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July 25, 2011, 05:06:06 PM
 #7

I've got more than I can spend right now. I'm not hoarding them as a speculative investment but rather because opportunities for buying things I want are still limited.

Me too, it would be great to use them in online stores, but there's hardly anything interesting available. I've tested the waters by getting a LED bulb from bitcoingadgets, it was a nice experience, but so far the only item I needed/wanted that could be paid in BTC.

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July 25, 2011, 06:33:15 PM
 #8

A single bitcoin was worth what, a dollar just in April? and just pennies last year. I think Ill pass on buying some silly little nicknacks which could ultimately end up costing me thousands of dollars, thanks.

Look at this people. This is the intelligence of the bitcoin community.

That's right, it's fucked.
It's speculation.  He could be right, he could be wrong.  And not even you know whether he is or not.  The only thing that is certain is that we will find out in the future. 



I think the problem with this statement, being more polite than smexytimez, it that the idea that buying something now costs you money is a logical fallacy.

If I sell silver now at $40 an ounce, and it goes up to $50 next year, did I lose $10?  No.  Did doing the deal now cost me money?  No.

If I buy stock at 50, it goes up to 100, I sell, it goes up to 200, then back down to 25, how much money did I make?  How much did I lose?  What did I earn?  What did if cost?  I made a $50 profit.  It doesn't matter that I could have sold at 200.  I still made a $50 profit.

The 10,000 BTC pizza never cost anyone $140,000.  The guy who bought it spent an appropriate amount at the time.  He didn't lose money by spending it.

Better wording would be that I expect to profit more if I hold it, not that I expect it to cost me by buying stuff now.  But then that gets us back to the argument that if no-one spends bitcoins, and everyone hoards, they won't be worth anything in the future, because they're useless.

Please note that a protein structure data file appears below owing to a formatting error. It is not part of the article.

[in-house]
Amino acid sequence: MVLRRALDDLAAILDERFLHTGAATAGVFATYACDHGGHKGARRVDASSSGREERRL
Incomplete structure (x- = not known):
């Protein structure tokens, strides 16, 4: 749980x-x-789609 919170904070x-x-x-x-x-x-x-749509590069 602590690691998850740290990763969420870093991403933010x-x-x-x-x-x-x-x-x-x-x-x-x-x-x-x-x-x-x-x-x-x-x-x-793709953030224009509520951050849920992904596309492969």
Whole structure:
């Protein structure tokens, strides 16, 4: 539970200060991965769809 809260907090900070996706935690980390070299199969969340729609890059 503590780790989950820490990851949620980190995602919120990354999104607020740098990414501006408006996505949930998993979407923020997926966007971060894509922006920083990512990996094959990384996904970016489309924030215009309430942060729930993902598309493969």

bitrebel
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July 25, 2011, 06:45:01 PM
 #9

A single bitcoin was worth what, a dollar just in April? and just pennies last year. I think Ill pass on buying some silly little nicknacks which could ultimately end up costing me thousands of dollars, thanks.

Look at this people. This is the intelligence of the bitcoin community.

That's right, it's fucked.
It's speculation.  He could be right, he could be wrong.  And not even you know whether he is or not.  The only thing that is certain is that we will find out in the future. 



I think the problem with this statement, being more polite than smexytimez, it that the idea that buying something now costs you money is a logical fallacy.

If I sell silver now at $40 an ounce, and it goes up to $50 next year, did I lose $10?  No.  Did doing the deal now cost me money?  No.

If I buy stock at 50, it goes up to 100, I sell, it goes up to 200, then back down to 25, how much money did I make?  How much did I lose?  What did I earn?  What did if cost?  I made a $50 profit.  It doesn't matter that I could have sold at 200.  I still made a $50 profit.

The 10,000 BTC pizza never cost anyone $140,000.  The guy who bought it spent an appropriate amount at the time.  He didn't lose money by spending it.

Better wording would be that I expect to profit more if I hold it, not that I expect it to cost me by buying stuff now.  But then that gets us back to the argument that if no-one spends bitcoins, and everyone hoards, they won't be worth anything in the future, because they're useless.